Quarter Life Crisis

The world according to Sven-S. Porst

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599 words

A problem with the web is that it doesn't have a memory. And with that I don't only refer to the curse of linkrot but also to the fact that you can't simply rewind it to a state it was in a couple of days/weeks/months/years before. Pages come, change and go and there's not much that can be done about it short of archiving them yourself, in case you want to have a reliable reference.

I don't want to suggest this is entirely a bad thing. I can correct typos in my blog – should I see them – and the wrong version won't be referenced. No harm done, except perhaps that in the future my spelling will be rated 'moderately horrendous' instead of 'horrendous'. But similarly, I can change the points I made or the opinions I held in the past. And that doesn't only feel like cheating, it's a seriously bad thing. Particularly if done by larger bodies, whose opinions can influence decisions that are significant to many people.

Who Controls the Past, Controls the Future.
Who Controls the Present, Controls the Past.

George Orwell, 1984

And this control becomes much more significant in times where many people trust the information you find on the web for their research or decision making. To change the past you don't have to go through the hassle of re-printing back-issues or periodicals but all you have to do is shift some bits and bytes around.

Basically the web lacks a temporal component. There's no way to tell Google to "Search for 'purification' as if it were January 24th 1984". All that exists is now. This is pretty obvious, but three recent things brought it to my attention more prominently:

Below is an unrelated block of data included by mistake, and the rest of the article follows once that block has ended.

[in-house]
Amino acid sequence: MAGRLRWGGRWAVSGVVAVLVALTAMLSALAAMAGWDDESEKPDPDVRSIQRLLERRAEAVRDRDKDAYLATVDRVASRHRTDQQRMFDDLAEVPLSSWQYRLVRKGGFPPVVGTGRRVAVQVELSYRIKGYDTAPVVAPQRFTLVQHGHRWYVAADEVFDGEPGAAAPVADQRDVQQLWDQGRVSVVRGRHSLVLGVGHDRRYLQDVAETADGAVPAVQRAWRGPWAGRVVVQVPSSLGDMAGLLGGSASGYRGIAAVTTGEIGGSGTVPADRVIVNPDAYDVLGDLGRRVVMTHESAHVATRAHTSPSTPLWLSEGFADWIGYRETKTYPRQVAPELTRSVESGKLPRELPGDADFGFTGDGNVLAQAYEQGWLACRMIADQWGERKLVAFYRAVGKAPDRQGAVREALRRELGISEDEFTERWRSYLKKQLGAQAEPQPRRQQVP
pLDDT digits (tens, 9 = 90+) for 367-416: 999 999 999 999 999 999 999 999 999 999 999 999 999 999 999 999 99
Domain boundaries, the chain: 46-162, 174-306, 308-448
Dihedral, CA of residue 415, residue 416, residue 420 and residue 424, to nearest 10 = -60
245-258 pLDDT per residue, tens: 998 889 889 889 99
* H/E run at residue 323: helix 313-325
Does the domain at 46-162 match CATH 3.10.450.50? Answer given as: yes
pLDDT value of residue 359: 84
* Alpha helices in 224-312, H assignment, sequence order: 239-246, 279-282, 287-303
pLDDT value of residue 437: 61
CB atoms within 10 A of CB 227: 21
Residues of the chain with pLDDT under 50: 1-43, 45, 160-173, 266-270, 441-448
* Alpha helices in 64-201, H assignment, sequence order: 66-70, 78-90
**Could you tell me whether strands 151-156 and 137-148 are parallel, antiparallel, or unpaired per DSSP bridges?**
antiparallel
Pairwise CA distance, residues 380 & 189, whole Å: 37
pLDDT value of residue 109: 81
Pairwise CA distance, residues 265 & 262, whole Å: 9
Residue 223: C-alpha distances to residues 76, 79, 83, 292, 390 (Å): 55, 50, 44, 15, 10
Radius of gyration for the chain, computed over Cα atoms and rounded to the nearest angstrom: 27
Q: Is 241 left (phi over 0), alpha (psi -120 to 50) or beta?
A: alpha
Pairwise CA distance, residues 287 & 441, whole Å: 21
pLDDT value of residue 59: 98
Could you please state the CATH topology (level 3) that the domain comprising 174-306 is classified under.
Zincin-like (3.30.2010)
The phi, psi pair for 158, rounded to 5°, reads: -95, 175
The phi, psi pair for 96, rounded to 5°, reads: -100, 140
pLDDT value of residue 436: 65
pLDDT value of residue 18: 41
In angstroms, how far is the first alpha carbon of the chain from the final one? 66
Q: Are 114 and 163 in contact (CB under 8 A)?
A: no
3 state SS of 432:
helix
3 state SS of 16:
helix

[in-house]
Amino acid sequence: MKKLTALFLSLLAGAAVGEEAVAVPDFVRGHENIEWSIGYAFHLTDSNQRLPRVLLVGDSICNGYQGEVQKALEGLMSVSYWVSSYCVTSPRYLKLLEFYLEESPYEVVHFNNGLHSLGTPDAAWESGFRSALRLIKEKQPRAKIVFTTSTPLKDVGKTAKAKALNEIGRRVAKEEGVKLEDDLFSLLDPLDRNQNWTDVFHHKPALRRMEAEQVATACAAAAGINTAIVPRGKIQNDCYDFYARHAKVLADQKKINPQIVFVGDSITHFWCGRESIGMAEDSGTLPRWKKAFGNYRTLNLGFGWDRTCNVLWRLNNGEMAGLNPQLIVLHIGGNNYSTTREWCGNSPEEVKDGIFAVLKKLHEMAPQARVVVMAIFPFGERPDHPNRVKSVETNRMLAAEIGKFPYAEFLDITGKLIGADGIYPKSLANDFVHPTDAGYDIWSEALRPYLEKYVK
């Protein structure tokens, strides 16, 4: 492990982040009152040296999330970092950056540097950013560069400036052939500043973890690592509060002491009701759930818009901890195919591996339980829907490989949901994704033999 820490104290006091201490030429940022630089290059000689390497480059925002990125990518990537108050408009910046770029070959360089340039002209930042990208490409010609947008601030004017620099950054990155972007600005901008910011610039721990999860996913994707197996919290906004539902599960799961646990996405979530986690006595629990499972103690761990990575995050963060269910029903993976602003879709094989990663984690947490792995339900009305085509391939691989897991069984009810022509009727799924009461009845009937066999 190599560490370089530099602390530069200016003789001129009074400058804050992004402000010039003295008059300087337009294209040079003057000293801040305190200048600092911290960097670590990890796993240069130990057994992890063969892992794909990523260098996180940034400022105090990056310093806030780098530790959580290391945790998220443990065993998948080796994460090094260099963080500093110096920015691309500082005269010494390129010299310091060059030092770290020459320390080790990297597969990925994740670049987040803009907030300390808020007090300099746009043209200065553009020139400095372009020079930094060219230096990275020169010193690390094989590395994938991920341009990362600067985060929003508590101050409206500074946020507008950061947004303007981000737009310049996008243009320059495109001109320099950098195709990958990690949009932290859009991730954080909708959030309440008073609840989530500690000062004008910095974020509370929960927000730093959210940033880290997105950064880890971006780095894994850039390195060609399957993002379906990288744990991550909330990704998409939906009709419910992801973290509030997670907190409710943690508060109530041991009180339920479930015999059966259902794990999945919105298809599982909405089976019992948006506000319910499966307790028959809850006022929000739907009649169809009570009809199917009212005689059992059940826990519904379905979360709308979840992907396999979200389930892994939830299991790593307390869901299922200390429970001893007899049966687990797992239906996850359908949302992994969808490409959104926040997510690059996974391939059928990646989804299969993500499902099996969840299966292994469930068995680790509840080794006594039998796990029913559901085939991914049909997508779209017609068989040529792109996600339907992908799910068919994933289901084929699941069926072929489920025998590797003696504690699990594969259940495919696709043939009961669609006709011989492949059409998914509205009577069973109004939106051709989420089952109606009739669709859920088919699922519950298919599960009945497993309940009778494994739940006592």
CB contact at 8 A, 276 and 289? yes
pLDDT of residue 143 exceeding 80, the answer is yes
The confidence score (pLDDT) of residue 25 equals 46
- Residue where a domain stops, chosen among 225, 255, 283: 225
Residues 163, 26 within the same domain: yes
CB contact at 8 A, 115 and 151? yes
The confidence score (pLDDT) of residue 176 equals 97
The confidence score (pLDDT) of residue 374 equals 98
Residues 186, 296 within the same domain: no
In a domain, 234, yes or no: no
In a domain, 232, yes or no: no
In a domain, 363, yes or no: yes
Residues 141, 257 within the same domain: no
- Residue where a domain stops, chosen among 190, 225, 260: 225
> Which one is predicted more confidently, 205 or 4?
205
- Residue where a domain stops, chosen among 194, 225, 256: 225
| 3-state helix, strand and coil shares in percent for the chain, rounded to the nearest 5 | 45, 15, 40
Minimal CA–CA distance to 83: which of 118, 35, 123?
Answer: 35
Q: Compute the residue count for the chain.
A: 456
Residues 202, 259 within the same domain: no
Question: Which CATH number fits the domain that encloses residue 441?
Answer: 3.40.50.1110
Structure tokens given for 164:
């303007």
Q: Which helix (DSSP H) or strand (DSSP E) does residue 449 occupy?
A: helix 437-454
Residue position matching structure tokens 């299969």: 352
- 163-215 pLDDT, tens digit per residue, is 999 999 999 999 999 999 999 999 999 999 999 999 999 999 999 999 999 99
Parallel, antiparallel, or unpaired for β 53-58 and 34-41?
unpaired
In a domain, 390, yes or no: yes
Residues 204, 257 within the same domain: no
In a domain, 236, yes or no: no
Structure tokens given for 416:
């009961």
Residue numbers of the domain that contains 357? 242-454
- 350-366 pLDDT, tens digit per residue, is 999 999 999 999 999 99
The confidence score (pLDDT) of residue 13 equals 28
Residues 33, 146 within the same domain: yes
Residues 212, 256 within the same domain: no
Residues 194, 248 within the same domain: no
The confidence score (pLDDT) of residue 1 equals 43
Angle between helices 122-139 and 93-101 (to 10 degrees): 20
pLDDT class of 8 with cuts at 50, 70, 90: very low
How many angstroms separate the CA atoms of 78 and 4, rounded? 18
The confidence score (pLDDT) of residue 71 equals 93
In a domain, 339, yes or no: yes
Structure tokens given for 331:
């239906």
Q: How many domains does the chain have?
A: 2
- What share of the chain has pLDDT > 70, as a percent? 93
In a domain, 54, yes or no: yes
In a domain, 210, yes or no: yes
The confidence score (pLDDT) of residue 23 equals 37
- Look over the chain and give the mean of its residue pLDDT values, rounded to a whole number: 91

Cover of Radiohead's Amnesiac album Firstly, I tried to research the opinions my old university held on the Afghanistan war. Basically their stance was that putting up "Peace and Goodwill" banners for the so-called festive-season while one's own country bombed the shit out of people and deserts in Afghanistan, wasn't cynical as the university chose to hold no opinion on that at all. A stance that's increasingly popular with politicians and institutions, I might add – refusing to answer the question, not even daring to say 'I don't care', and hoping it goes away. Anyway, I don't know how much of the university's opinion was on public record anyway but when trying to research it, I realised that it was very hard to find any information from before 2002.

Why? The answer seems to be that the web-site was re-done then and probably migrated to a different – allegedly more-sophisticated back-end. In many of these transitions data is lost, degenerated or not migrated at all and thus,

secondly, nobody seems to care a lot about the past. OK, let me put that right: Conservatives of course do. But it's less the factual past, but those conveniently blurred images of it made to suit one's own imagination. Thus, nobody really seems to care about providing proper archives, implying that nobody is interested in their contents anyway, thus not justifying the extra effort. That's why I think that Matthew is essentially right in stressing the importance of data preservation, even if I don't agree with all of the practical conclusions he draws.

Thirdly, actually making the temporal component live on the net there's Feedster. It also stores past entries from RSS feeds and has a 'Sort by Date' option. It's newly added image section is chronological only right now. I hope we'll see this aspect of Feedster taken further in the future. It's quite unique.

May 14, 2003, 2:07

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